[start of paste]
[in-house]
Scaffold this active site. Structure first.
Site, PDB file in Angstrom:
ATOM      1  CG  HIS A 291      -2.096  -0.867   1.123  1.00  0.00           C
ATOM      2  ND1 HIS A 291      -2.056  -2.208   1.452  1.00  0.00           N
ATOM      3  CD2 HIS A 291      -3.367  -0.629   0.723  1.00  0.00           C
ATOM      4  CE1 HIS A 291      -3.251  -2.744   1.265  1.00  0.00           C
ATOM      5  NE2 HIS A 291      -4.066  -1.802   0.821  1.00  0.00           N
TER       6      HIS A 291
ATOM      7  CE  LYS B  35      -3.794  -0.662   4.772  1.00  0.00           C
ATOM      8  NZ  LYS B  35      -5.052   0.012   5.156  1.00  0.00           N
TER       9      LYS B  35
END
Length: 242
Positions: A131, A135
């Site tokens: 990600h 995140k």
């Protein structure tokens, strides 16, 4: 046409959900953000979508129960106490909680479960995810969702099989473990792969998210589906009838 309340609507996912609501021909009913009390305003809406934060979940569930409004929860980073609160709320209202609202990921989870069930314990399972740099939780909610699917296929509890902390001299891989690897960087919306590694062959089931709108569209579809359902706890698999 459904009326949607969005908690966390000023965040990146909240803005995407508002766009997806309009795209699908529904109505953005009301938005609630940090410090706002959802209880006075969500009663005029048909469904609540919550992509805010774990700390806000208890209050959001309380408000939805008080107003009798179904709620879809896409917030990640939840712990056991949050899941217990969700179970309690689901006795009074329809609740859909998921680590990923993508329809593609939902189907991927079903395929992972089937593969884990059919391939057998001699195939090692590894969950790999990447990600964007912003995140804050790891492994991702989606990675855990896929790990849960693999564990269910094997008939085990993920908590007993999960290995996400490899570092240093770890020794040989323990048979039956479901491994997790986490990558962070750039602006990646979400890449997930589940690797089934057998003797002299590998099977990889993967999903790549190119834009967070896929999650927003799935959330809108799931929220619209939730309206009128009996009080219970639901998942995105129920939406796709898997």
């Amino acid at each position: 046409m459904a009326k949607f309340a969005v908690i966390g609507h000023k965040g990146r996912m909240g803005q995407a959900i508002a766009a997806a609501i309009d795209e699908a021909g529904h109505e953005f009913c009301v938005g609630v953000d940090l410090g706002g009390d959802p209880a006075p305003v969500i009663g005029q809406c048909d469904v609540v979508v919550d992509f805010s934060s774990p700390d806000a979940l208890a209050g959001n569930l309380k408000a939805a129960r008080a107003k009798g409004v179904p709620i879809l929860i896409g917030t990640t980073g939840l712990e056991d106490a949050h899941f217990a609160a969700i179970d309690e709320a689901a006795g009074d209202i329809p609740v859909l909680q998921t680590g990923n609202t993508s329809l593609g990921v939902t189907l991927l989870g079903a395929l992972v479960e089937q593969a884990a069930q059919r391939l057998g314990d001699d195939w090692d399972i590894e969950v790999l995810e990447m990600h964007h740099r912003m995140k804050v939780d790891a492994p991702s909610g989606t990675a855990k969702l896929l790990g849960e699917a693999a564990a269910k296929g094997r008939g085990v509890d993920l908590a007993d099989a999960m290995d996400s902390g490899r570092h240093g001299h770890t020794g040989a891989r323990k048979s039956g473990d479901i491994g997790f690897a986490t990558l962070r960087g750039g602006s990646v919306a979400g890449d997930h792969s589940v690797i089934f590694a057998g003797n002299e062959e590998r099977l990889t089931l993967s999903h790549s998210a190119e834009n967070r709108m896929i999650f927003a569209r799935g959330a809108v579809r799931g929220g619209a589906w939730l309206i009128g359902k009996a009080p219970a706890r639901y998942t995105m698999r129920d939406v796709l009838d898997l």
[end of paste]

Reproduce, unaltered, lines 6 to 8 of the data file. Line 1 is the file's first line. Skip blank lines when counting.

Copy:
ATOM      3  CD2 HIS A 291      -3.367  -0.629   0.723  1.00  0.00           C
ATOM      4  CE1 HIS A 291      -3.251  -2.744   1.265  1.00  0.00           C
ATOM      5  NE2 HIS A 291      -4.066  -1.802   0.821  1.00  0.00           N